“Shrink it and pink it” is how Sports Innovation Lab founder and CEO Angela Ruggiero describes the old, unofficial motto of brands and marketers trying to reach fans of women’s sports. Since then, options have exploded for fans and consumers, and a new study of their habits has found the industry may be leaving hundreds of millions of dollars on the table by not adapting alongside fans and growing women’s sports leagues.
When market intelligence firm Sports Innovation Lab launched its women’s sports-centric research endeavor, The Fan Project, in February, the goal was to get a better understanding of the female sports fan base. While not all fans of women’s sports are female, women control the majority of global consumer spending. Sports Innovation Lab suspected a lack of sufficient audience data to sell potential partners might be limiting the reach of women’s sports overall. Plus, fans are more elusive than ever.
“The data hopefully gets rid of the subjectivity of investing in women’s sports and really proves [the] business opportunity,” Ruggiero, a four-time Olympic hockey medalist, said in an interview. “Fans of women’s sports are these digitally savvy, digitally native demographic, they’re exhibiting this passionate behavior that we believe is the future for fans.” That future includes all fans, not just fans of women’s sports.
Fans have shifted from viewers to consumers to creators and active participants in their fandom. The Sports Innovation Lab analyzed billions of social media and TV data points from more than three million households to track what fans bought, bet, created and streamed during the study. It found the men’s model doesn’t work or attempt to understand the modern fan, Ruggiero said.
Women’s sports fans are the pinnacle of what the Sports Innovation Lab calls the digitally native “Fluid Fan”—one who doesn’t only consume sports on television, but also interacts with them digitally and socially with an emphasis on storytelling, community, access and direct-to-consumer commerce.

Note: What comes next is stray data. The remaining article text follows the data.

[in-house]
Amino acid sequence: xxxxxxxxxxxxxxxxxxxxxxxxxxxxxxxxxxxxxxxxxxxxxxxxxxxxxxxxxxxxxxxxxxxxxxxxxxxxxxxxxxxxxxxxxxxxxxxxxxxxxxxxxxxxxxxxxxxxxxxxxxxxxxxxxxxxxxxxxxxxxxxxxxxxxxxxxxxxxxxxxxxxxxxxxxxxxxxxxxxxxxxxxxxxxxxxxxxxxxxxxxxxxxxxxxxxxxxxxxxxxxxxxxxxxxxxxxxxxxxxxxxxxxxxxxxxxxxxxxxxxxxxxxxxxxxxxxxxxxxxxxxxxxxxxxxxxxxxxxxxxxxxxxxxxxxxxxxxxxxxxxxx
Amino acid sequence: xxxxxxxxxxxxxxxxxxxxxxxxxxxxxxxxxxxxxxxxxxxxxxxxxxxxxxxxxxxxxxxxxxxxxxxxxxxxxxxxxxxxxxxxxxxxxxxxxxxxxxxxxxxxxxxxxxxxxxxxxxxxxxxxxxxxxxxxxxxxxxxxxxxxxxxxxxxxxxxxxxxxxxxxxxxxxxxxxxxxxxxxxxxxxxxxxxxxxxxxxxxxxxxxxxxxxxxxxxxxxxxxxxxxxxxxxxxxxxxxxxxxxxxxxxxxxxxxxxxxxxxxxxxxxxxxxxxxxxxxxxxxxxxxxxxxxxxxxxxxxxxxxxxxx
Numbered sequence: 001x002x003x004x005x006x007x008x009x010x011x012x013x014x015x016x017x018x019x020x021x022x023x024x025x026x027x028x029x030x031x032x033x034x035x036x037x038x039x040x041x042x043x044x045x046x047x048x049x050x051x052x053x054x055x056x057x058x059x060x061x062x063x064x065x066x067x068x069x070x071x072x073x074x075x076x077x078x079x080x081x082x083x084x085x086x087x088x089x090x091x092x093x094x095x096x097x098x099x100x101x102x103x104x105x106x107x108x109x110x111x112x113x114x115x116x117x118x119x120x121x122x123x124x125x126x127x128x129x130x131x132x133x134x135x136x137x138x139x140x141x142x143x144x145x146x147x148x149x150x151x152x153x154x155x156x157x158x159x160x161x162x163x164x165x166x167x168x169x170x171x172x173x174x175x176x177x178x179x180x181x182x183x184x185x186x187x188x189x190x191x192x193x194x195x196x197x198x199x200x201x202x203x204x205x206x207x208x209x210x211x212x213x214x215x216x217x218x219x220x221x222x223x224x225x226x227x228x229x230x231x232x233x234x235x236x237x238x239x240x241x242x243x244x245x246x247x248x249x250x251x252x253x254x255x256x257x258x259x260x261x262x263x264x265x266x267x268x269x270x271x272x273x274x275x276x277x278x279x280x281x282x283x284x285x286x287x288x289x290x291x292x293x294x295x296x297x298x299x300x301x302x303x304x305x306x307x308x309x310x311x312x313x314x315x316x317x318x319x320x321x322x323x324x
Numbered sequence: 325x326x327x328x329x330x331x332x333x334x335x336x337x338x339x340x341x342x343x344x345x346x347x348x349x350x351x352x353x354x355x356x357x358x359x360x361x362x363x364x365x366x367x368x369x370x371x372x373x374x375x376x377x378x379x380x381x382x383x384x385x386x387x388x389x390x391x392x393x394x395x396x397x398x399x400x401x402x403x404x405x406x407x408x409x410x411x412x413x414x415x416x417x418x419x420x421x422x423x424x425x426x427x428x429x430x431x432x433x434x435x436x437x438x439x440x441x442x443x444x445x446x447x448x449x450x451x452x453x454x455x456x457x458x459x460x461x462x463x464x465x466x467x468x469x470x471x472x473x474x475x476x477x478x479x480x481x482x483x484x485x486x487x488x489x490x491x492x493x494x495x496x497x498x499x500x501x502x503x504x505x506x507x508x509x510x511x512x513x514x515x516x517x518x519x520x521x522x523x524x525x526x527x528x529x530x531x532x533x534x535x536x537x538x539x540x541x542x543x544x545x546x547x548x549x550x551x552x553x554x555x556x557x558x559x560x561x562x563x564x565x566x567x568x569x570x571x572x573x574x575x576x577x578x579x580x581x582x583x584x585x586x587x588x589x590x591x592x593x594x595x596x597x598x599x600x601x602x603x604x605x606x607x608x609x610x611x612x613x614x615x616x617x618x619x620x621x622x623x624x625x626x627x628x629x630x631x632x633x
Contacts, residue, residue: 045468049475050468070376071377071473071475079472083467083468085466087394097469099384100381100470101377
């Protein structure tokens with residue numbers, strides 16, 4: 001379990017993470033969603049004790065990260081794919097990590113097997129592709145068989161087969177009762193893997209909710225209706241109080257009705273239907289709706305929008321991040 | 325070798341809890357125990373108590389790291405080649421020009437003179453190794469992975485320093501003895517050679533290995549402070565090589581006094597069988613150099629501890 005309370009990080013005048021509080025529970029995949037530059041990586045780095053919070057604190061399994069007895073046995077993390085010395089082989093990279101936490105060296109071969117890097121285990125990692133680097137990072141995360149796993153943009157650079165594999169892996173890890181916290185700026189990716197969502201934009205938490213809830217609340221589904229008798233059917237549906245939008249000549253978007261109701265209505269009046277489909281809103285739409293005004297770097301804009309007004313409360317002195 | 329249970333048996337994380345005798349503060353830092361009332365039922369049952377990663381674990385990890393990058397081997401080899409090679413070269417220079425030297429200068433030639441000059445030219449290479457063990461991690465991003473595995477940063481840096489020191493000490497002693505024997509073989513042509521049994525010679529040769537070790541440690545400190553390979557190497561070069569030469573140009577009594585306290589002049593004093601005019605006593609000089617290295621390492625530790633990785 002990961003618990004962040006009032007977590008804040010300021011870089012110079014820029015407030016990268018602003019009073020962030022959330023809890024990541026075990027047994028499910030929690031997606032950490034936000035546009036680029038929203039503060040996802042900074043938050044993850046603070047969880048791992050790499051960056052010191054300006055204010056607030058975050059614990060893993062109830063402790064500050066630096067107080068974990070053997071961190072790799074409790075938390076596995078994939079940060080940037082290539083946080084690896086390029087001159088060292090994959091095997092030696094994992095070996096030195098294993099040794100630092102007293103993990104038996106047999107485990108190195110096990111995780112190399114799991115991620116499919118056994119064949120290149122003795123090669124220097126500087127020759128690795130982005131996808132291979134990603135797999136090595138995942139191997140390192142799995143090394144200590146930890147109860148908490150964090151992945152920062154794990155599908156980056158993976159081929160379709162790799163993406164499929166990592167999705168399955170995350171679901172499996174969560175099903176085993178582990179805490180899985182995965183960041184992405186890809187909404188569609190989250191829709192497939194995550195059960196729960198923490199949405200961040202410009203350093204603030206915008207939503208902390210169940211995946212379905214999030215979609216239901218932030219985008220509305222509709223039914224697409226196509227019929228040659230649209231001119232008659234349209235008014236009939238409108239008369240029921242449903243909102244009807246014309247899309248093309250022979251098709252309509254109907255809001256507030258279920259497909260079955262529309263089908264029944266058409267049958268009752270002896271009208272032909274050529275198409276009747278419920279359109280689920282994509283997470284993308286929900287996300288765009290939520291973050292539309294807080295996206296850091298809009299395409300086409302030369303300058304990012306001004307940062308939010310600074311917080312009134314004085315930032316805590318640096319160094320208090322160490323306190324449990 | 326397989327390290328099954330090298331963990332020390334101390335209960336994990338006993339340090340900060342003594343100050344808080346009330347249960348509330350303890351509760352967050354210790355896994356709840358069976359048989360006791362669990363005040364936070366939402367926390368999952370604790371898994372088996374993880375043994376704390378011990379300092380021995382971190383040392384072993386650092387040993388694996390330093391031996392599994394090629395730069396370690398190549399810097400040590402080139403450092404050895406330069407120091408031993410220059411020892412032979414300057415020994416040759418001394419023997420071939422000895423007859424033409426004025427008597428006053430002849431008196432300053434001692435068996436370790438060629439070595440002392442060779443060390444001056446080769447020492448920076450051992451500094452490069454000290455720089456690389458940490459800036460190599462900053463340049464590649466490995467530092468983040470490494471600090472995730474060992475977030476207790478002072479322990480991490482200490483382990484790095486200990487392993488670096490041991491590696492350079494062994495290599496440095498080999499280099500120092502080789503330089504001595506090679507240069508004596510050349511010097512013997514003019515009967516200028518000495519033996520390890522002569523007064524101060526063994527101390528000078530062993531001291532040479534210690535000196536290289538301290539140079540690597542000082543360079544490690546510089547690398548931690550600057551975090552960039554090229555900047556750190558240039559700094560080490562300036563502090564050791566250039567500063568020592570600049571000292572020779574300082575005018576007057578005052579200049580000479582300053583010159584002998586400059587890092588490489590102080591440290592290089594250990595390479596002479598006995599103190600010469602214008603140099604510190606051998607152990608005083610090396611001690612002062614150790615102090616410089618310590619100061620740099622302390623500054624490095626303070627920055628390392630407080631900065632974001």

Fans of women’s sports in particular are the most extreme fluid fans of all—exhibiting the characteristic modern fan behaviors most often—and were the earliest adopters of this type of fandom not by choice, but “out of necessity,” the report said. They exhibit more tech-driven behaviors than any other sports fan and are a primary consumer group because of the deep connection they feel to the leagues, teams and athletes they follow. According to The Fan Project’s findings, these “Fluid Fans” make up just 10% of the total sports fan base but are responsible for more than 50% of the total revenue.
This is largely because fans of women’s sports have not historically had consistent access to their favorite leagues or teams via traditional channels. They’ve long had to stream or consume women’s sports content online, utilize ecommerce channels to buy merchandise and connect with athletes through social media and other digital communities. And the Fan Project finds these original fluid fans are potentially valuable.
The study emphasized that brands, partners and sponsors need to shift how they measure and value women’s sports properties. The behavior of women’s sports fans show that a quality-over-quantity approach and alignment with fan values “nets real profits and brand affinity,” according to the study.